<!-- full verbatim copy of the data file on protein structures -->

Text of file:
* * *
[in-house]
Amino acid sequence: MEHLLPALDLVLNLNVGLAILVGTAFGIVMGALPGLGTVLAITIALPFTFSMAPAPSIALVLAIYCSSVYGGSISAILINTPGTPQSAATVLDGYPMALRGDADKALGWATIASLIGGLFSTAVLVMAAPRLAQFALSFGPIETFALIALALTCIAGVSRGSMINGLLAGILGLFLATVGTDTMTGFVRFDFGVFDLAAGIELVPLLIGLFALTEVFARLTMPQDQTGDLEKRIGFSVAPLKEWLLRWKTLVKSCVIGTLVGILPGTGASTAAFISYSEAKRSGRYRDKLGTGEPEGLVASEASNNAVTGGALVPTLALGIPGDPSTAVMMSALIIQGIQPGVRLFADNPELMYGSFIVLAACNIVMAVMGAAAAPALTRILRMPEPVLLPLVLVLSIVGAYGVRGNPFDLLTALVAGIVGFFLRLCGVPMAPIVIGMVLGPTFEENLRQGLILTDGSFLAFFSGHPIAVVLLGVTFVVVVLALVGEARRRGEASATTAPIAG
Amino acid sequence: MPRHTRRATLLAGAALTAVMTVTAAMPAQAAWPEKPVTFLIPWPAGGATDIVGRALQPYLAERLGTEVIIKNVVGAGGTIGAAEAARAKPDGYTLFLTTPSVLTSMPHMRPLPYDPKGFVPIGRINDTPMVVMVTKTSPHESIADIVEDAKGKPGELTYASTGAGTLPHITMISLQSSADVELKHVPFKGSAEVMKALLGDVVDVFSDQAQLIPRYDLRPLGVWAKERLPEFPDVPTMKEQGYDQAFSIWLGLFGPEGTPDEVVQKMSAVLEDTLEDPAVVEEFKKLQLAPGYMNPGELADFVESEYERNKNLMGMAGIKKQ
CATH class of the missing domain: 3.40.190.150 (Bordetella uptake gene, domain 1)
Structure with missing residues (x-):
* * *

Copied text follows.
[in-house]
Amino acid sequence: MEHLLPALDLVLNLNVGLAILVGTAFGIVMGALPGLGTVLAITIALPFTFSMAPAPSIALVLAIYCSSVYGGSISAILINTPGTPQSAATVLDGYPMALRGDADKALGWATIASLIGGLFSTAVLVMAAPRLAQFALSFGPIETFALIALALTCIAGVSRGSMINGLLAGILGLFLATVGTDTMTGFVRFDFGVFDLAAGIELVPLLIGLFALTEVFARLTMPQDQTGDLEKRIGFSVAPLKEWLLRWKTLVKSCVIGTLVGILPGTGASTAAFISYSEAKRSGRYRDKLGTGEPEGLVASEASNNAVTGGALVPTLALGIPGDPSTAVMMSALIIQGIQPGVRLFADNPELMYGSFIVLAACNIVMAVMGAAAAPALTRILRMPEPVLLPLVLVLSIVGAYGVRGNPFDLLTALVAGIVGFFLRLCGVPMAPIVIGMVLGPTFEENLRQGLILTDGSFLAFFSGHPIAVVLLGVTFVVVVLALVGEARRRGEASATTAPIAG
Amino acid sequence: MPRHTRRATLLAGAALTAVMTVTAAMPAQAAWPEKPVTFLIPWPAGGATDIVGRALQPYLAERLGTEVIIKNVVGAGGTIGAAEAARAKPDGYTLFLTTPSVLTSMPHMRPLPYDPKGFVPIGRINDTPMVVMVTKTSPHESIADIVEDAKGKPGELTYASTGAGTLPHITMISLQSSADVELKHVPFKGSAEVMKALLGDVVDVFSDQAQLIPRYDLRPLGVWAKERLPEFPDVPTMKEQGYDQAFSIWLGLFGPEGTPDEVVQKMSAVLEDTLEDPAVVEEFKKLQLAPGYMNPGELADFVESEYERNKNLMGMAGIKKQ
CATH class of the missing domain: 3.40.190.150 (Bordetella uptake gene, domain 1)
Structure with missing residues (x-):